Facebook scans links, attached photos on Messenger for malware and child sexual abuse. Facebook’s data-policy pages don’t describe this automated scanning, but the company has confirmed these practices to news sites.
“Most services do some form of this,” said Joseph Lorenzo Hall, chief technologist at the Center for Democracy & Technology. He noted the key benefit of checking links for sites blacklisted for abusive behavior.
A mail service usually employing a Microsoft-maintained system called PhotoDNA, for matches against a database maintained by the National Center for Missing and Exploited Children.
“It’s a clear example of how technology tools and artificial intelligence can work, as it were, behind the scenes to catch the most shocking content,” said Stephen Balkam, CEO of the Family Online Safety Institute.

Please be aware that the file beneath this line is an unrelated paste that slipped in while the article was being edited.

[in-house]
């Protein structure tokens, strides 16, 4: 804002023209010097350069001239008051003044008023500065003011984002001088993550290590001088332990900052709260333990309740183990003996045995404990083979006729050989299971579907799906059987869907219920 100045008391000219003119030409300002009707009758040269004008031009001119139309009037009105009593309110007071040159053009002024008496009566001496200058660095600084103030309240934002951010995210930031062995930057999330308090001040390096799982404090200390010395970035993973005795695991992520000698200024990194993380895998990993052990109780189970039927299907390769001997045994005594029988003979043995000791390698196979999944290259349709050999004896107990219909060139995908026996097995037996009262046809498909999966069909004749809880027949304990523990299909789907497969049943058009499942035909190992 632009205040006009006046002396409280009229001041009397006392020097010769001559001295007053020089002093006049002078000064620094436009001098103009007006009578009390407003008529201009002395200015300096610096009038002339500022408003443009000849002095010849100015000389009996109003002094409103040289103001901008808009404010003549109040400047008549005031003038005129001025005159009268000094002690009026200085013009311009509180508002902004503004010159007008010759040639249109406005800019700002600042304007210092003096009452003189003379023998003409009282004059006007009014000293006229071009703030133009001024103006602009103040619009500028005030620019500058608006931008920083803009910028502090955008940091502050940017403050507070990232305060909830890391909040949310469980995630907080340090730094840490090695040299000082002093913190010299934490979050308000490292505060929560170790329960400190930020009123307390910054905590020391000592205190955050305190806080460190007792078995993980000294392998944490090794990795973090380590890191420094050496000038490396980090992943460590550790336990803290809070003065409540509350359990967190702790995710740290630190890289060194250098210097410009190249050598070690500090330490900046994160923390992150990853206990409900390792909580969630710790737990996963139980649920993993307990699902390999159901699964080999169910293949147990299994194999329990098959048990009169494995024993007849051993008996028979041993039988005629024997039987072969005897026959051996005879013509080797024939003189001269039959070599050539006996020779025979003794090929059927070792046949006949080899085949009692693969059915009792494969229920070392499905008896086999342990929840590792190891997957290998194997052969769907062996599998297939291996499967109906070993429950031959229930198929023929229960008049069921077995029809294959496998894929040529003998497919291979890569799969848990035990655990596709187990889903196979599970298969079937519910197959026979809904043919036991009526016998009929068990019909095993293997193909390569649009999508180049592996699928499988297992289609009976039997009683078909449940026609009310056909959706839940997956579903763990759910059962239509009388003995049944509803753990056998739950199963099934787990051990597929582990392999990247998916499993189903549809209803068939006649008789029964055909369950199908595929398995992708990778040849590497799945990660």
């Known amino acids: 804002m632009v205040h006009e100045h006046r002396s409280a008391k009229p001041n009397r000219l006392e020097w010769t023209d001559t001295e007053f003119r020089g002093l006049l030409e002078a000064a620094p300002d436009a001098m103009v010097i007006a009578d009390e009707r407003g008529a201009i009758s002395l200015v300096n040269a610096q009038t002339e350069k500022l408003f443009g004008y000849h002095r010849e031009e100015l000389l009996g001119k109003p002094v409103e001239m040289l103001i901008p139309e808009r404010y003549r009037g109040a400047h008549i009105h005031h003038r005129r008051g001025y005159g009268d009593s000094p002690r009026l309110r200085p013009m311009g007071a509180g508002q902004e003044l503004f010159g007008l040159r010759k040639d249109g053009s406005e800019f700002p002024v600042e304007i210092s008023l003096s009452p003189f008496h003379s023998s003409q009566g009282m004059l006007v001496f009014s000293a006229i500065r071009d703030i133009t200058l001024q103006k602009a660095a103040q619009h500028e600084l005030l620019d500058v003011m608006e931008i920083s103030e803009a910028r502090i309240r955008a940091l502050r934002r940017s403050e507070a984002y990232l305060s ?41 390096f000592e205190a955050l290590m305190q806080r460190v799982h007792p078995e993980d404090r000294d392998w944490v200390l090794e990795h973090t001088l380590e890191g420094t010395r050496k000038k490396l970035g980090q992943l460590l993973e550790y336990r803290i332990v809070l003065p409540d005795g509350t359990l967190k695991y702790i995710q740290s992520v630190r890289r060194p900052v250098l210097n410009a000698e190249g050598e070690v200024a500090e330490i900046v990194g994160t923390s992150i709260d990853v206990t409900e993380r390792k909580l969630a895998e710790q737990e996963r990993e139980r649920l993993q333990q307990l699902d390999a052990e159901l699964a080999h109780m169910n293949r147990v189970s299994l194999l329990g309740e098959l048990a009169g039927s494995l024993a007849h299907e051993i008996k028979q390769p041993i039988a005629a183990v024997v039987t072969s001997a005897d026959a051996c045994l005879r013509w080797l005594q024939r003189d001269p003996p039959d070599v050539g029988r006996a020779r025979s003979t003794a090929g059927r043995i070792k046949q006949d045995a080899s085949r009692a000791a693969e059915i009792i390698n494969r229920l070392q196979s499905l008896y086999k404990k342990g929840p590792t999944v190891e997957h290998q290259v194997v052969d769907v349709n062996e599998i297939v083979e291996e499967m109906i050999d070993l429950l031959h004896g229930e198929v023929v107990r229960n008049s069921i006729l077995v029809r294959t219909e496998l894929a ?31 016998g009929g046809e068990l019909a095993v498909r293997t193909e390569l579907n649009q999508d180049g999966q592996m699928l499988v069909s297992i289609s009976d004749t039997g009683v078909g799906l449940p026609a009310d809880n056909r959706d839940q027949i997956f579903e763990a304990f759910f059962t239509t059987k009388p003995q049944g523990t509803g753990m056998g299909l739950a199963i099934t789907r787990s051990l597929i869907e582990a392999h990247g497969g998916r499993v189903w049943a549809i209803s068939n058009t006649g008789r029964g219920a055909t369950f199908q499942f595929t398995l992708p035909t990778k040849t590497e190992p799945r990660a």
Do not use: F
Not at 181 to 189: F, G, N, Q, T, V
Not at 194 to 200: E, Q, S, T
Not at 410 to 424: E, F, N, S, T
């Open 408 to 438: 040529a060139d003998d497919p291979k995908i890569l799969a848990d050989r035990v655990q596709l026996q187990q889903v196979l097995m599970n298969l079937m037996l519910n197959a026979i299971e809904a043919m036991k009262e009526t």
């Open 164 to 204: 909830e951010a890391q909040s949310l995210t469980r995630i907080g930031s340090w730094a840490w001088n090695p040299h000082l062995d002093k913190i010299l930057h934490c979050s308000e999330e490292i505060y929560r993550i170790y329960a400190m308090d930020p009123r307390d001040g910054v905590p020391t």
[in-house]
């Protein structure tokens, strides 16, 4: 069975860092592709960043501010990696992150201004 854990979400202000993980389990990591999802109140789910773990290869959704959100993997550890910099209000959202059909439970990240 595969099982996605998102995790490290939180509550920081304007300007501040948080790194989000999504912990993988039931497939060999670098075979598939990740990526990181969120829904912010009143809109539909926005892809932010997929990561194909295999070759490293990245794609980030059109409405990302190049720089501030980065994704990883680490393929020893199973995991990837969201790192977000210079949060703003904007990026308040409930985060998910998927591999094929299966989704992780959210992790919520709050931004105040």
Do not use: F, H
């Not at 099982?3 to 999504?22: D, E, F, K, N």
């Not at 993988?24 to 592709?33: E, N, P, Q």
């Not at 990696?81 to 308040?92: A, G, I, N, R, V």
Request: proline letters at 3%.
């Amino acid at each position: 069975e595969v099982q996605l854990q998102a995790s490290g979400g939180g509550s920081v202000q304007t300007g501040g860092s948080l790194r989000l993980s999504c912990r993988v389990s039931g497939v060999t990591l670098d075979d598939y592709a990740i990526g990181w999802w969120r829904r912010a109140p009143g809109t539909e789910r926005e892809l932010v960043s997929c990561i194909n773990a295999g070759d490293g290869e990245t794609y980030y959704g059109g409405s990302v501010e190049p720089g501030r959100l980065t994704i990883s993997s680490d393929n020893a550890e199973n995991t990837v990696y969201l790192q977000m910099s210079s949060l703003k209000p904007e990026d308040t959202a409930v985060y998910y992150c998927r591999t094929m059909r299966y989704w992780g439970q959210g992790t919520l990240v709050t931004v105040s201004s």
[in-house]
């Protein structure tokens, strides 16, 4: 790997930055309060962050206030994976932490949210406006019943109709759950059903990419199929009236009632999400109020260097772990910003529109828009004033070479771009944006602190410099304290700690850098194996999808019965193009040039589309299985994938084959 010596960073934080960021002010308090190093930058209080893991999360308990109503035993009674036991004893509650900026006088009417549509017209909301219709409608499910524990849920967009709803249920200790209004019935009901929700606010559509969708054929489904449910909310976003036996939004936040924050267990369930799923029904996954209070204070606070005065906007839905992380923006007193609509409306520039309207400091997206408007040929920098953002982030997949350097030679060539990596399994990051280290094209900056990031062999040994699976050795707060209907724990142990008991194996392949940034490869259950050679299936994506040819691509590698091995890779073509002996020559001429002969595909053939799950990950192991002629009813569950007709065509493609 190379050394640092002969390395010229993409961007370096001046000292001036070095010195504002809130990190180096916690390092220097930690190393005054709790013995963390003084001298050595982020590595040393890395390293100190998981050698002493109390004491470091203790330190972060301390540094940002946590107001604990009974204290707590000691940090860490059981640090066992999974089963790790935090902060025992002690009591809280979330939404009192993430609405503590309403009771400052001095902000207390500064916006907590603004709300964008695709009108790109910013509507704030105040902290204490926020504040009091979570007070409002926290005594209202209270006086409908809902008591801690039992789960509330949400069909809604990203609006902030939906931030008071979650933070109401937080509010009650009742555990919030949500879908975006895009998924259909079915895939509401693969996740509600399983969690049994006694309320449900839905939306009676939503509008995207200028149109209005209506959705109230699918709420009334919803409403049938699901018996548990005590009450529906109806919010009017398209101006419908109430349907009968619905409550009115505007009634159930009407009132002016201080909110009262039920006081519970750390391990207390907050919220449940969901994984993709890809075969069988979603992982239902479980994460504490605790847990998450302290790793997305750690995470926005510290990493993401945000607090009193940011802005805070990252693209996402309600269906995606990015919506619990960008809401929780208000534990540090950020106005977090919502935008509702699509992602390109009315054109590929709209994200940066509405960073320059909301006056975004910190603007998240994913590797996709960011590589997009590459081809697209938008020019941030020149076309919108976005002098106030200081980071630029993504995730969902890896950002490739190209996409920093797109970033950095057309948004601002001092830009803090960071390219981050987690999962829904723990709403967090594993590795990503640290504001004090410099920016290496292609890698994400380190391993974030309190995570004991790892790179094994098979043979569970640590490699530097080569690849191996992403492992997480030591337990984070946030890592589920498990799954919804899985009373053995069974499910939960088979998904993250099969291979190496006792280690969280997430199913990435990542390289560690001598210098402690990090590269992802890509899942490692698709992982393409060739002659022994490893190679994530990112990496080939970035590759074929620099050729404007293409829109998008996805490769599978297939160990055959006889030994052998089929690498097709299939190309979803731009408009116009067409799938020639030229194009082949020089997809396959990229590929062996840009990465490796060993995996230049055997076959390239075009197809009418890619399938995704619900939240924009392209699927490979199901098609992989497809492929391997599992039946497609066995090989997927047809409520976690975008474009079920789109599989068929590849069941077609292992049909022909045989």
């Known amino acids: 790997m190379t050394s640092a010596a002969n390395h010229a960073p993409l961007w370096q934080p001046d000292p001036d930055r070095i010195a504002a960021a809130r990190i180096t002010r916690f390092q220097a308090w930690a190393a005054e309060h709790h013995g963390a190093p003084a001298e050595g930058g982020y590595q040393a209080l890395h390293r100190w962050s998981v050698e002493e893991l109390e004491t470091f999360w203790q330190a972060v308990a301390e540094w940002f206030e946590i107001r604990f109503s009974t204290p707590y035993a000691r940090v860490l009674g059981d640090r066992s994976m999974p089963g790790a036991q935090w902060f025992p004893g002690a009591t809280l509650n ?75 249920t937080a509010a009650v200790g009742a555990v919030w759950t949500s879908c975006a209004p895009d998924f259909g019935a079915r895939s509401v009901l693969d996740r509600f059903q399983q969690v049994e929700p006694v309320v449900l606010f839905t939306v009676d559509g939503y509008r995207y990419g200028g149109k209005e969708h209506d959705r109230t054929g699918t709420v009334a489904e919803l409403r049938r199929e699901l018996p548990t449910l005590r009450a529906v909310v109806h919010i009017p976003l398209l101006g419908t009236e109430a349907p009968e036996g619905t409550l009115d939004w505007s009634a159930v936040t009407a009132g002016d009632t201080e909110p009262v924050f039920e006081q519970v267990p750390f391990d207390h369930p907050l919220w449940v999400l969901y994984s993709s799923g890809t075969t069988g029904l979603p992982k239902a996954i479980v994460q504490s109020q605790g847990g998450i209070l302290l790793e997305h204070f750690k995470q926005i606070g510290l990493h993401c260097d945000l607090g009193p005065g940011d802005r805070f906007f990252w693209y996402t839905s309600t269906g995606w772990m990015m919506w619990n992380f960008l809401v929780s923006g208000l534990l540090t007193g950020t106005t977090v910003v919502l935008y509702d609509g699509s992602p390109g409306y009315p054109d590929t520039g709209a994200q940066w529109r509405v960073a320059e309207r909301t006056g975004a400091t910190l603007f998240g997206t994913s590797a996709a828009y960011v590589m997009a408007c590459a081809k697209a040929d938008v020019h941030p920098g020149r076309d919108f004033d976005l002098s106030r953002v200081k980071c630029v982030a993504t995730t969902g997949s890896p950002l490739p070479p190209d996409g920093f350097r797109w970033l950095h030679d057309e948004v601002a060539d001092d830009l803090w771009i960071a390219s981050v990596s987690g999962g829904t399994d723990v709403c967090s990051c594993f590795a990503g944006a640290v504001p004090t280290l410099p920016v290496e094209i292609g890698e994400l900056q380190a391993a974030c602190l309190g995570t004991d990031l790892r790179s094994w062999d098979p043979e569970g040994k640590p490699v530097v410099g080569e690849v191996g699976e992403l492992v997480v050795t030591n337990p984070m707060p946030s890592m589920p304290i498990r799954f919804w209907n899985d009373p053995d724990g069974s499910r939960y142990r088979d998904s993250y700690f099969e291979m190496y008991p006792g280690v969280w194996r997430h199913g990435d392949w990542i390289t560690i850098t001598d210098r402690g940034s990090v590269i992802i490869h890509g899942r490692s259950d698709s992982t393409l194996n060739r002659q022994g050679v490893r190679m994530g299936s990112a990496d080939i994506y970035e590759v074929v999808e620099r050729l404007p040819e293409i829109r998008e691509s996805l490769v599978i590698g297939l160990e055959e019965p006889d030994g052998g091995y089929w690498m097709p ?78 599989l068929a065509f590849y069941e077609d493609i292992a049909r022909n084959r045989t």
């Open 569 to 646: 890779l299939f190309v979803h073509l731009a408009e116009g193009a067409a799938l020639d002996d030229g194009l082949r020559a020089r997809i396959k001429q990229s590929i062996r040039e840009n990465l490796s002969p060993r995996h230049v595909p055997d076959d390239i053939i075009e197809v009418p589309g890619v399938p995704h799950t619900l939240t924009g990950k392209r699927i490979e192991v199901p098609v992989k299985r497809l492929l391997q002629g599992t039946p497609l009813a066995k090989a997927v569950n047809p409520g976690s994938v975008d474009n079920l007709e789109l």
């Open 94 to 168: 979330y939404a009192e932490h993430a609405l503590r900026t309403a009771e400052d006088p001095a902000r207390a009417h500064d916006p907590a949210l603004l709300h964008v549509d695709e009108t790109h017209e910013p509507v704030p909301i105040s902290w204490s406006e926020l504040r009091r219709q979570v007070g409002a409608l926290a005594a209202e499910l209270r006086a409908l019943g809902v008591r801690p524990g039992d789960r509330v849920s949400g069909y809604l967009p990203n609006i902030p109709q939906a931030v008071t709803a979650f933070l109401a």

Facebook, Google and Microsoft do not, however, scan messages for ad-targeting purposes. Google did so for years in its free Gmail service, but stopped that last June.
Charles Stewart, an Oath spokesperson, said the company will also add a privacy dashboard that will let its users see and control how their data gets used across Oath’s various sites.
For maximum messaging privacy, you’ll have to use a service that encrypts your conversation from your screen to the recipient’s.
CDT’s Hall mobile app Signal “the top-of-the-line and most secure messaging service out there.” There is also Secret Conversations encryption option in Facebook Messenger and the Incognito Mode of Google’s Allo Messenger.
The Facebook owned WhatsApp is yet another option, although its end-to-end encryption only works in conversations where everybody uses that app.